Battery question.....

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Was buying the wound cell batteries (Optima red top's) for my race cars. After two early deaths, I'm back to regular batteries. At least they don't cost $120 each. The problem I have is if they go completely dead, they don't want to come back. Look on their web site, they have some tips for bringing them back. Didn't work for me.
Al
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Carolina Watercraft Works wrote:

Some years ago, Consumer Reports did a comparison of several batteries. At the that time, Interstate rated #1, with $ears DieHard rating #2. Exide was at the bottom. In the past 10 years, I've been buying Interstate and have had no complaints. I use a pair of their "Workaholic" group 27 units in my '77 D200. I understand they *used to* make batteries for $ears. Bryan
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Here is the math: 55AH battery. A high quality battery decays at about 15-20% per year in available (AH) Amp hours. You need about 20% of initial AH left to start truck, if it starts quickly. Flasher/stop/turn bulbs are 25 watts each while parking lights are 3 watts each. Say you have two bulbs in front and 2 each on each rear light assembly for a total of 6 bulbs flashing. 25x60 watts 150 watts/12 volts.5 amps when they are lit. If they are only lit 50% of the time then you have an average of 6.25 amps. Now assuming you did NOT leave the ignition on or the parking lights on and the battery is fully charged and battery is only a year old. 55AHx80%Dah Need 20% to start ah So you have 33AH left 33ah/6.25a = 5.3 hours till it will not start truck.
Since you said you have replaced the battery twice lately either your alternator is not furnishing enough current or the battery voltage during charge is too low to fully charge the battery or you have a high constant drain of something left on discharging the battery.
Check the battery drain current with everything off it should be less than 0.030 amps. The battery voltage during charge should be 13.8 to 14.1 Volts at 70F with the voltage increasing at 0.020 volts per F degree below 70F. Check the alternator output under load. Something is wrong besides the battery. John F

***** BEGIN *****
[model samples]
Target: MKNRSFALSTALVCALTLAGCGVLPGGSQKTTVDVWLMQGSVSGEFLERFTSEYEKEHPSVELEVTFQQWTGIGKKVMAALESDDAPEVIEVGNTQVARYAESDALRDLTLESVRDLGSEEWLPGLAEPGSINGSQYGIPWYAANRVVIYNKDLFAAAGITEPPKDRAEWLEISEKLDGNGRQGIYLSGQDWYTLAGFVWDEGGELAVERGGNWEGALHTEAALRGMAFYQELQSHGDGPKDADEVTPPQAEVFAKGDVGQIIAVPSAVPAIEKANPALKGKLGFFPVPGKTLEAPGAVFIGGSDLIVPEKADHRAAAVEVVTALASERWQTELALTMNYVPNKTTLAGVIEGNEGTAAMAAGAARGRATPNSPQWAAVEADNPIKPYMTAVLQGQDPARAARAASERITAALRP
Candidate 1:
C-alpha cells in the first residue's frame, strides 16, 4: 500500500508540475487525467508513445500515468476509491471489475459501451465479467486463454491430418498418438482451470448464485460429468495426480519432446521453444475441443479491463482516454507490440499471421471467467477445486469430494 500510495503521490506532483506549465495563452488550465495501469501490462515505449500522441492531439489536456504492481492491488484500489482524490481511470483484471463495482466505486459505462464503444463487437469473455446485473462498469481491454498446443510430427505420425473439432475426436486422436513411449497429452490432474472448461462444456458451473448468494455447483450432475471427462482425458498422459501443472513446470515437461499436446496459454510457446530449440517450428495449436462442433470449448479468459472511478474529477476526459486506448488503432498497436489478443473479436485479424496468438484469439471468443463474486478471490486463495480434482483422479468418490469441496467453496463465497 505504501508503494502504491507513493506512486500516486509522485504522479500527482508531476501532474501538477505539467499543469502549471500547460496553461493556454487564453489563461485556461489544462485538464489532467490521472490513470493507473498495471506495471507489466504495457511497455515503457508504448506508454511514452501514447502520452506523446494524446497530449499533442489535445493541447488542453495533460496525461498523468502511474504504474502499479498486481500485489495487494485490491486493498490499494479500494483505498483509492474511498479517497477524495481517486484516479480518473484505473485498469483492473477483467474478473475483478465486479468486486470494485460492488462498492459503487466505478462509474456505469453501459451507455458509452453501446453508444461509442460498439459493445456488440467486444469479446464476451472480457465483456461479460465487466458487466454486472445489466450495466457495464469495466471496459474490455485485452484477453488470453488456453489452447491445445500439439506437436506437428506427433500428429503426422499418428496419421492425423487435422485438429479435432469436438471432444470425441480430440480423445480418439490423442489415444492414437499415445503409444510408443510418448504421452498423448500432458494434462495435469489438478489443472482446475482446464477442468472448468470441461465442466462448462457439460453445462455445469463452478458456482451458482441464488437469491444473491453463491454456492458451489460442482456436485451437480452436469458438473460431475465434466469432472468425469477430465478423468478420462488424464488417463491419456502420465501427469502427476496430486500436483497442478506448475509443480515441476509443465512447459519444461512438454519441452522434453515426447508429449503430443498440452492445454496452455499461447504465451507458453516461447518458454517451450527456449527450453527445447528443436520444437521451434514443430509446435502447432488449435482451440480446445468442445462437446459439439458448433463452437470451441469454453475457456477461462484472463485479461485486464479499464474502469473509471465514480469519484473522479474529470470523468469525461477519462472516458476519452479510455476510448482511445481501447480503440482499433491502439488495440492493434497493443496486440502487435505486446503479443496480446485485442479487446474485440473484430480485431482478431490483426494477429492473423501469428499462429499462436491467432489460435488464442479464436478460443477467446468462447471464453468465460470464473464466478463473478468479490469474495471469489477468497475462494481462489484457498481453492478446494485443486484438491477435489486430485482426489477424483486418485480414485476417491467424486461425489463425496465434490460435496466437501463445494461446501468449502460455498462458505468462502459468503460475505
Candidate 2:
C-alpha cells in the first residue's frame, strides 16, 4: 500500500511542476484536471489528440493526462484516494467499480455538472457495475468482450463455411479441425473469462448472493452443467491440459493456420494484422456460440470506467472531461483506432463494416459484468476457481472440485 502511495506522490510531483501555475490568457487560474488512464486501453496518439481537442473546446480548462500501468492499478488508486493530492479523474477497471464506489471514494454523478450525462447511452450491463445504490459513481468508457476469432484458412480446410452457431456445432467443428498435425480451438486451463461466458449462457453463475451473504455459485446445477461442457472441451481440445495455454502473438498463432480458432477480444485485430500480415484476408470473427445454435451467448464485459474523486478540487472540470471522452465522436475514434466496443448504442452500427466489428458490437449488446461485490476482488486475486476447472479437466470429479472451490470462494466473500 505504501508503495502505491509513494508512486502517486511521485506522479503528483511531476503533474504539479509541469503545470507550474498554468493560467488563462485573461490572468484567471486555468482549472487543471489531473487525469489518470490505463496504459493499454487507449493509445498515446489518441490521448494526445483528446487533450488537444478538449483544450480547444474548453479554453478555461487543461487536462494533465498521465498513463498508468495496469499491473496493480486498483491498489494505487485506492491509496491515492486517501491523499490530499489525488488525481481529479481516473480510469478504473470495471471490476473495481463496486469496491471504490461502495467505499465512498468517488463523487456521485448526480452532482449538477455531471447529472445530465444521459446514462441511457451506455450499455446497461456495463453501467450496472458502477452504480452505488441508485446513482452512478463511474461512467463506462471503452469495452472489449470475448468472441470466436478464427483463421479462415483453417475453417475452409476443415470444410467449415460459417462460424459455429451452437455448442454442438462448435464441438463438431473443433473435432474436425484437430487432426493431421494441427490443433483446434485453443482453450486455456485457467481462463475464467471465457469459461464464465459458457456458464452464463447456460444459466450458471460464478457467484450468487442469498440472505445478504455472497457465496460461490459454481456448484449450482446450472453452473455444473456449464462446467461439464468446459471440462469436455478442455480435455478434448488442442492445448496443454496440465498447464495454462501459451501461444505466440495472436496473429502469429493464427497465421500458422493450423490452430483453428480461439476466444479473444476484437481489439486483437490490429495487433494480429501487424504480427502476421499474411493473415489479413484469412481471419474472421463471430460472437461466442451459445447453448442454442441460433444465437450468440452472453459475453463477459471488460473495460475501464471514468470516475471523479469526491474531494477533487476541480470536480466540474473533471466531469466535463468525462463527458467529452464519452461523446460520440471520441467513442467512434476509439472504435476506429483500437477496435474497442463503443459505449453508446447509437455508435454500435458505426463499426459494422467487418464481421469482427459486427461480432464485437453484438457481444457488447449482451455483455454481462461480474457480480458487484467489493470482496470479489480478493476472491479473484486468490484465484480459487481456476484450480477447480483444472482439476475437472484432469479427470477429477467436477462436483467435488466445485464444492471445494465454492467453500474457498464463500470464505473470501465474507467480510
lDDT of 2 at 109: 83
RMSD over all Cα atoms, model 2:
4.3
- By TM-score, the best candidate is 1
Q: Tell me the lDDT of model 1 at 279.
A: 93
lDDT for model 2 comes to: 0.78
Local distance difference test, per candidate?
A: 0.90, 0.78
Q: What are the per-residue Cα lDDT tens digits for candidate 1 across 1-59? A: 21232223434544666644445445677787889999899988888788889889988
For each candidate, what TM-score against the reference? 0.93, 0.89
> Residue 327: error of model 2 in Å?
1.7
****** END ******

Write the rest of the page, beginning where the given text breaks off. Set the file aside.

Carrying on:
On Sat, 13 Jan 2007 02:33:56 -0500, "Carolina Watercraft Works"

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That's kind of what I figured as well.
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Laszlo Almasi
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Ok, stopped to get my haircut today...friend stayed in truck listening to radio. 25 minutes...completely dead battery. Push it to start, make one quick 5 minute start and left motor running then completed the 15 minute trip home. Got the charger and set to 40 amps and charger read full and shut off. Set to 20 amps and charging commenced and continued. WTF is going on?
I'm always bragging about my Ram and it never giving me problems....still will but I need to figure this out. Plan on getting that power cable recall done next week.
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the simple answer to your question is not long.
hazard flashers flash a total of 6 bulbs on the average vehicle. 2 front high intensity bulbs 2 rear high intensity bulbs and 2 side markers (found on most trucks on the side near the headlights I list these as I don't recall if the BR/BE has them or not)
I can tell you from experience that when doing a alignment (you lock the brake pedal down) that the brake lights (just 2 of the 4 high intensity bulbs) it will very quickly, in about an hour or so in some cases, totally drain the battery.
personally even in a gasser if I'm on the side of the road and have the hazards flashing the truck is in park, E-Brake on and idling. this was especially true when I was on the FD and had a light bar running.
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Yup, some of those light bar's will wipe a set of batteries like nothing else. I almost got screwed a few years ago with a bar and have used strobes since.
Roy

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even a set of strobes is a lot of draw but not near like rotators.
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-Chris
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That's why a lot of law enforcement agencies are going to LED systems. Even out here in little ol' Moab.
Sheriff Dept. just got 2 Hemi Charger pursuit units with LED light bars, State troopers are jealous ... they're still driving Fords.
Budd

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